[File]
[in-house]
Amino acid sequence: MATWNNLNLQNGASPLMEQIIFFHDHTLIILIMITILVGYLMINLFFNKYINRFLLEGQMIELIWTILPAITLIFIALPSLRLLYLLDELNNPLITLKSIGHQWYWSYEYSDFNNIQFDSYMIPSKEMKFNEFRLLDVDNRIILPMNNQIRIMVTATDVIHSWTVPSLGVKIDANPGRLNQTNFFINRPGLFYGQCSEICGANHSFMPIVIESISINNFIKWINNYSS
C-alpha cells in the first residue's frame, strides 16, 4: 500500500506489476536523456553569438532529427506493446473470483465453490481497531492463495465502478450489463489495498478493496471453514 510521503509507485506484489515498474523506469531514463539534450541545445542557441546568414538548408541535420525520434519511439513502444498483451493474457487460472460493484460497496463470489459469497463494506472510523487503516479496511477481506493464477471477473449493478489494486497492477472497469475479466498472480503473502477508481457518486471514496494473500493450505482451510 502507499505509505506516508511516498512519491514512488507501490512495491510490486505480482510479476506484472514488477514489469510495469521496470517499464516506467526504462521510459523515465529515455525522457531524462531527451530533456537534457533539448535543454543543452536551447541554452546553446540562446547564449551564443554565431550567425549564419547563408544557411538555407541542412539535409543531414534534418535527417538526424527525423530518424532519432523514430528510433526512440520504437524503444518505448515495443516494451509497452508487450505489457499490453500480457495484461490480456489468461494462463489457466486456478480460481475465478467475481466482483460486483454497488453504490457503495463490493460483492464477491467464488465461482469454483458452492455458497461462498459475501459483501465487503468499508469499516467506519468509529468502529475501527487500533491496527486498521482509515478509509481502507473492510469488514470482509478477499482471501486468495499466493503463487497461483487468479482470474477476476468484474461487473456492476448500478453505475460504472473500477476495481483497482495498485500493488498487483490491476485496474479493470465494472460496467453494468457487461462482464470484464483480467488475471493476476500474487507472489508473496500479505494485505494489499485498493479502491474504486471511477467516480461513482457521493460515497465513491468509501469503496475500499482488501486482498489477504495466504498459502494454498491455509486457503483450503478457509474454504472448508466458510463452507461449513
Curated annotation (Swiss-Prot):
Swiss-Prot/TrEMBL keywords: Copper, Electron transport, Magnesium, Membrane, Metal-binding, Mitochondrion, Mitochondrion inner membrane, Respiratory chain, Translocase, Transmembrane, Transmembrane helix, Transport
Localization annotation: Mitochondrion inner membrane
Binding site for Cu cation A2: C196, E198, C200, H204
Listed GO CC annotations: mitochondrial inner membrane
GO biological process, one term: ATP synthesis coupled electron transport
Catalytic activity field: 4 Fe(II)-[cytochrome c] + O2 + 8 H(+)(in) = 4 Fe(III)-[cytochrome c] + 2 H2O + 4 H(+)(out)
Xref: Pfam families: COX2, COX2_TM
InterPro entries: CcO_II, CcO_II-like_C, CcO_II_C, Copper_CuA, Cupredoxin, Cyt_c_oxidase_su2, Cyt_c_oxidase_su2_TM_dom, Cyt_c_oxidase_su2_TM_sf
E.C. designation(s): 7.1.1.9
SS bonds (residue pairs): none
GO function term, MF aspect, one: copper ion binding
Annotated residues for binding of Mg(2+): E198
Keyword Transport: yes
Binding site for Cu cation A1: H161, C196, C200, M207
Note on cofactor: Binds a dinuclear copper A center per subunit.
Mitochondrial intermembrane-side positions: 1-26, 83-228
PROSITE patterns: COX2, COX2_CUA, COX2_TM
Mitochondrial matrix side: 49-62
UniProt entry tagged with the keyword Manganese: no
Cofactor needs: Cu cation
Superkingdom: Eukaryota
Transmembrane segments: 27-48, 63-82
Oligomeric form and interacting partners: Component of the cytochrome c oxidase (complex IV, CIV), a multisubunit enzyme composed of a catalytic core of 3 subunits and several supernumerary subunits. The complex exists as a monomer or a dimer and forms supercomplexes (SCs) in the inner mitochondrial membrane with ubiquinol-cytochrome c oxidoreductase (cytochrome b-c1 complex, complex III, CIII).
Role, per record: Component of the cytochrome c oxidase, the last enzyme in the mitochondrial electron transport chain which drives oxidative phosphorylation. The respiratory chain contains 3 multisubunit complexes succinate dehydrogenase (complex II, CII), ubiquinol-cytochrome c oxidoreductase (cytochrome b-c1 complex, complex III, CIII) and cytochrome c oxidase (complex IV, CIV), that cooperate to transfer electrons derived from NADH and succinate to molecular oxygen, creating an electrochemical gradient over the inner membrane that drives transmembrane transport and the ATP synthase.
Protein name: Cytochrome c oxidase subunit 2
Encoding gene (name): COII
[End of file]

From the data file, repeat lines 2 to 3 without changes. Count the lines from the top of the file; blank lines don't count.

Amino acid sequence: MATWNNLNLQNGASPLMEQIIFFHDHTLIILIMITILVGYLMINLFFNKYINRFLLEGQMIELIWTILPAITLIFIALPSLRLLYLLDELNNPLITLKSIGHQWYWSYEYSDFNNIQFDSYMIPSKEMKFNEFRLLDVDNRIILPMNNQIRIMVTATDVIHSWTVPSLGVKIDANPGRLNQTNFFINRPGLFYGQCSEICGANHSFMPIVIESISINNFIKWINNYSS
C-alpha cells in the first residue's frame, strides 16, 4: 500500500506489476536523456553569438532529427506493446473470483465453490481497531492463495465502478450489463489495498478493496471453514 510521503509507485506484489515498474523506469531514463539534450541545445542557441546568414538548408541535420525520434519511439513502444498483451493474457487460472460493484460497496463470489459469497463494506472510523487503516479496511477481506493464477471477473449493478489494486497492477472497469475479466498472480503473502477508481457518486471514496494473500493450505482451510 502507499505509505506516508511516498512519491514512488507501490512495491510490486505480482510479476506484472514488477514489469510495469521496470517499464516506467526504462521510459523515465529515455525522457531524462531527451530533456537534457533539448535543454543543452536551447541554452546553446540562446547564449551564443554565431550567425549564419547563408544557411538555407541542412539535409543531414534534418535527417538526424527525423530518424532519432523514430528510433526512440520504437524503444518505448515495443516494451509497452508487450505489457499490453500480457495484461490480456489468461494462463489457466486456478480460481475465478467475481466482483460486483454497488453504490457503495463490493460483492464477491467464488465461482469454483458452492455458497461462498459475501459483501465487503468499508469499516467506519468509529468502529475501527487500533491496527486498521482509515478509509481502507473492510469488514470482509478477499482471501486468495499466493503463487497461483487468479482470474477476476468484474461487473456492476448500478453505475460504472473500477476495481483497482495498485500493488498487483490491476485496474479493470465494472460496467453494468457487461462482464470484464483480467488475471493476476500474487507472489508473496500479505494485505494489499485498493479502491474504486471511477467516480461513482457521493460515497465513491468509501469503496475500499482488501486482498489477504495466504498459502494454498491455509486457503483450503478457509474454504472448508466458510463452507461449513